Bringing Back Alain Vigneault Was Right Thing For the Vancouver Canucks

The Vancouver Canucks ended some speculation Wednesday when they announced that they had signed head coach Alain Vigneault to a contract extension. This is hardly a huge surprise as general manager Mike Gillis had been hinting that Vigneault would return all spring, but to some Canucks fans this will be a disappointment.

Despite that vocal minority, this was simply the right and only move the Canucks could make behind the bench.

The Canucks decided to stay the course with Vigneault


Alain Vigneault is the best coach the Vancouver Canucks have ever had. He has a record of 287-155-50 with Vancouver and has led them to back-to-back President’s Trophies and one game from winning the Stanley Cup. Beyond that he has helped make the Canucks a perennial power in the Western Conference and the NHL.

So why were fans clamoring to see him move on?

The answers to that are confusing and mostly un-measurable.

Critics will point to the fact that he has not taken a talented team all the way to the top of the mountain. Falling one game short is a slight in their eyes and reason to make a change. They fail to give Vigneault the credit for managing this team, which is very talented, and would have you believe that he does little more than dump a bucket of pucks on the ice for practice.

Vigneault should get credit.

When Vigneault took over the team in 2006 the Canucks struggled to score goals and Vigneault managed to guide them into the playoffs with a shut down defensive system. As the Sedins, Ryan Kessler and Alex Burrows blossomed into scorers he adjusted the team’s style to play more open and ended up winning the President’s Trophy and Western Conference. He knows how to get the most out of this roster.

Vigneault saw the potential in putting Burrows on the top line with the Sedins, a move which has turned Burrows into a valuable two-way threat. He has taken some innovative steps to maximize the potential of his best players with things like having the twins, almost exclusively, start shifts in the other teams end which results in more scoring chances. It is no surprise that they have won Ross and Hart Trophies while playing for Vigneault.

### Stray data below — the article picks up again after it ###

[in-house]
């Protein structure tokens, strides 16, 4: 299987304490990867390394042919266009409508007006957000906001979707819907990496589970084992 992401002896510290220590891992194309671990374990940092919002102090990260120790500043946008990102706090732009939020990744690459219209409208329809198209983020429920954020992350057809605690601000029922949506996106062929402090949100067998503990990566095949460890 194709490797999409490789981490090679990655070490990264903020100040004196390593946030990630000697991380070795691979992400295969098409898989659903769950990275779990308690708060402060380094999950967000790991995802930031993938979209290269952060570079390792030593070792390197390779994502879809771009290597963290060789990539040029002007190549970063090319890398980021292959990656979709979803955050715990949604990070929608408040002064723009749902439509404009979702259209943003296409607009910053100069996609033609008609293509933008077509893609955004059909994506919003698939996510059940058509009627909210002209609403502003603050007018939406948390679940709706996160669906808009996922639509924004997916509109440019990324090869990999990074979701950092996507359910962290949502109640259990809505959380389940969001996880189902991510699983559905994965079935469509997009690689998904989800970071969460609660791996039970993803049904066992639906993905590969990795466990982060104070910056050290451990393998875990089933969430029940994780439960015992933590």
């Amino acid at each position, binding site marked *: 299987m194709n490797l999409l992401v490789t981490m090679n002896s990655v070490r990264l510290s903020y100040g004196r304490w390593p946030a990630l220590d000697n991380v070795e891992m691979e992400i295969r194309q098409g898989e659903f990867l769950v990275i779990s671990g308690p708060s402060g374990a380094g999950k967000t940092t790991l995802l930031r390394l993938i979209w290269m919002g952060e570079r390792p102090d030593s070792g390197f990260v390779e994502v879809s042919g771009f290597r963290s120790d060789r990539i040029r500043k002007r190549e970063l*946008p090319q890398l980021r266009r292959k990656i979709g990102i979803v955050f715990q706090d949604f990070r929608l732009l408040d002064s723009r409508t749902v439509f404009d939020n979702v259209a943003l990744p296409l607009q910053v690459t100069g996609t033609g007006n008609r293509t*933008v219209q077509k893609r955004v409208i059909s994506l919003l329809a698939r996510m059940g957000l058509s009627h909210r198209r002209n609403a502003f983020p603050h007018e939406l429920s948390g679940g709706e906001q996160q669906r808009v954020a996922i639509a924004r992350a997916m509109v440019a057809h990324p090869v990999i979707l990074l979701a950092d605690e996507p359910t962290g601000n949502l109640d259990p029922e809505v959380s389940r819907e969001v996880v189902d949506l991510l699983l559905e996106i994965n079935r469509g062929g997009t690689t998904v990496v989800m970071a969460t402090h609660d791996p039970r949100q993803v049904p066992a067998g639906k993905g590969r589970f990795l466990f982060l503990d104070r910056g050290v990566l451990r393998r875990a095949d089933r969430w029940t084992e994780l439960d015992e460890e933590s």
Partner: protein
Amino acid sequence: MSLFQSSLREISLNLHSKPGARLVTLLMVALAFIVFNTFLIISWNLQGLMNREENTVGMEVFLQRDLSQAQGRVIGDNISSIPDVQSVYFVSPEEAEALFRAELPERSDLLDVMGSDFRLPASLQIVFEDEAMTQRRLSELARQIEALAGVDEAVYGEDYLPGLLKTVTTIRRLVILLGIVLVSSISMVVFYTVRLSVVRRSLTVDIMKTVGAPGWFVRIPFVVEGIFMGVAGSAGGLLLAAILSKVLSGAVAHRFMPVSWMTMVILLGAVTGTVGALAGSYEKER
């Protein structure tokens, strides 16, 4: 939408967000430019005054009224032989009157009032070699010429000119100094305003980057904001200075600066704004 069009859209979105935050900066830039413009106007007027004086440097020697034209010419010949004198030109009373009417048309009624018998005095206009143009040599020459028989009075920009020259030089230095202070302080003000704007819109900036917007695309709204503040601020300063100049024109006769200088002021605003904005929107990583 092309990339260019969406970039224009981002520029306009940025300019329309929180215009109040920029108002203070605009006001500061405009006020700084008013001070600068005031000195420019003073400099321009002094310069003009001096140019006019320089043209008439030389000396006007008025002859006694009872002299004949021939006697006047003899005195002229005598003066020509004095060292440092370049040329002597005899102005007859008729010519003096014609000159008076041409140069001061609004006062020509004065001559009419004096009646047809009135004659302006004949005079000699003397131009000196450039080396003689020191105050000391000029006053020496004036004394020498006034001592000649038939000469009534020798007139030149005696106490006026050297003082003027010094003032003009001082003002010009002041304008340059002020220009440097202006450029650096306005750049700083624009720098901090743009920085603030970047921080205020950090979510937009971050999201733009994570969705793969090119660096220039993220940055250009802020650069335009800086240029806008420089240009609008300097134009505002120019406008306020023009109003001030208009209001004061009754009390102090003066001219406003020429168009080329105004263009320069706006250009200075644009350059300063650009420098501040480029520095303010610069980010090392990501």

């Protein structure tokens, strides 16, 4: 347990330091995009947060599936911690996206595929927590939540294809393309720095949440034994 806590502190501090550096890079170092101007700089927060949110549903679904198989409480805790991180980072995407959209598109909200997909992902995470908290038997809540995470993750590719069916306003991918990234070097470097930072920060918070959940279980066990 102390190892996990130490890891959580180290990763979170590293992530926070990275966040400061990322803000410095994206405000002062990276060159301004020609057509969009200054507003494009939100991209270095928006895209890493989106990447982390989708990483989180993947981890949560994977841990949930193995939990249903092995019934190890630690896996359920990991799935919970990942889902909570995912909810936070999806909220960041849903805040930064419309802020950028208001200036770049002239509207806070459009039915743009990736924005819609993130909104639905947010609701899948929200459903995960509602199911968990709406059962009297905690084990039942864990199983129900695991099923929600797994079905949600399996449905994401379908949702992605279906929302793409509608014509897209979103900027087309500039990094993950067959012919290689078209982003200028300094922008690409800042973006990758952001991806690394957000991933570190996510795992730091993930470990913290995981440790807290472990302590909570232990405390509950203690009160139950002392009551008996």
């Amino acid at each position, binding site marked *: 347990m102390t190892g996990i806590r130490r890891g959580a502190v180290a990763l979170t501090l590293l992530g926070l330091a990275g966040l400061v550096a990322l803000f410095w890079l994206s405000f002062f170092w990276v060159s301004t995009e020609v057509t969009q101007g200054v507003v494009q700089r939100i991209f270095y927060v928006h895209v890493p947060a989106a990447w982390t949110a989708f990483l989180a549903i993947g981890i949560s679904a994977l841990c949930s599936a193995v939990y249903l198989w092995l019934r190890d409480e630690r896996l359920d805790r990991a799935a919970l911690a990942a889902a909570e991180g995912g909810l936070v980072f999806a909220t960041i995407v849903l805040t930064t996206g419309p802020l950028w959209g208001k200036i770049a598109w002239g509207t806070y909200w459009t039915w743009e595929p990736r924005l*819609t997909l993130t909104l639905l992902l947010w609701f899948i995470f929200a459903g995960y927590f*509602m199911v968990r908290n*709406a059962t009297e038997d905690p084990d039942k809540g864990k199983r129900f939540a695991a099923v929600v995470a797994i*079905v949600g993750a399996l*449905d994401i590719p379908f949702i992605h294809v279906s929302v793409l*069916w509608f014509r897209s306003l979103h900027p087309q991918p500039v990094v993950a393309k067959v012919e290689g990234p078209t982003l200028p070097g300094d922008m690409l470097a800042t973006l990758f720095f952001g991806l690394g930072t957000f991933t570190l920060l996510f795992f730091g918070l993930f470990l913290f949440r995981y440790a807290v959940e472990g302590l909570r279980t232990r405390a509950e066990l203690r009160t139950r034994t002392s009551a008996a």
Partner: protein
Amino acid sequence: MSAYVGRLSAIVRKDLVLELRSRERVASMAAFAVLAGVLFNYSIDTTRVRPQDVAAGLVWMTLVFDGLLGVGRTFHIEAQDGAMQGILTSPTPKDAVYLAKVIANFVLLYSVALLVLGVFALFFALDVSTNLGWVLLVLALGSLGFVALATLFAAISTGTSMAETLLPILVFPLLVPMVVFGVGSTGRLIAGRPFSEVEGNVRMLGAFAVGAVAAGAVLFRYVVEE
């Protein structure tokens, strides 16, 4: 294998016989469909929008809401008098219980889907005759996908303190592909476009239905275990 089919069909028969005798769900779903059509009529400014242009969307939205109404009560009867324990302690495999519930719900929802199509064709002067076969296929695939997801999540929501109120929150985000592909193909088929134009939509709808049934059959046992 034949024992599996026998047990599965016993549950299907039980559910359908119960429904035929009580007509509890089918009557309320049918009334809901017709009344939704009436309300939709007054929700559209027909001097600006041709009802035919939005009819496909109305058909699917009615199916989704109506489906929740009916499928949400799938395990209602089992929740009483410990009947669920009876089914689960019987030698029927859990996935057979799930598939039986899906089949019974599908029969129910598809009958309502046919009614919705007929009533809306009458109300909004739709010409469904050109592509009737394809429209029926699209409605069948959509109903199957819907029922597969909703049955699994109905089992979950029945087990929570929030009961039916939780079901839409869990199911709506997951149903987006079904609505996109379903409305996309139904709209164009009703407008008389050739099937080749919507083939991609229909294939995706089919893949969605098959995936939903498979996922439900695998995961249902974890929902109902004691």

Some say that Vigneault has ‘lost the team’ which would explain this past season’s lack luster play and quick exit from the playoffs. The Canucks did seem to play with little enthusiasm this season, especially after the new year, and despite winning games were limping along during the second half. Was this the head coach’s fault? Should he have done something to motivate the team more?

It’s hard to say what effect the short summer and long playoff run the previous season had on the 2011-2012 Canucks. The players would never admit to being worn down or tired, but that is how they looked. While they will never admit these things played a role, but we can. We found out this month that Ryan Kesler was playing with an injured shoulder, one that required surgery when the season finally ended. Daniel Sedin missed the last month of the season with a concussion. Clearly the team was struggling physically.

Are these things the coach’s fault? Hardly.

There are still others who feel that Vigneault is too arrogant, stubborn and that costs the franchise in the long run. They will blame him for Cody Hodgson’s lack of ice time and for Aaron Rome’s abundance of ice time, claiming that he plays favorites.

While Rome’s ice time does remain a mystery, to think that Cody Hodgson deserved more ice time is absurd. For starters, he was a centre who was third behind Henrik Sedin and Ryan Kesler. Which one of those Olympians should he have taken ice time away from? Secondly, Hodgson’s success in Vancouver had a lot to do with Vigneault putting him in good situations. Hodgson has a ways to go defensively and Vigneault made sure he sheltered him from starts in his own end. Because of this Hodgson’s offensive numbers benefited. If anything, Vigneault should get credit for Hodgson’s season.

The bottom line is that Vigneault has earned this extension and in the end the Canucks would have been hard pressed to find a better coach to replace him had they decided to let him go. The list of available coaches with better pedigrees is pretty short to non existent. Would Canucks fans really be excited to have someone like Craig MacTavish from the AHL, or perhaps some other re-tread take over for the Canucks? Would that really have been an improvement?

So now Vancouver fans are going to be stuck with another season where the team will win the Northwest Division and be among the favorites to contend for the Stanley Cup. Alain Vigneault is a big reason for that and some fans will be reminded he is the reason this is a good time to be a Canucks fan.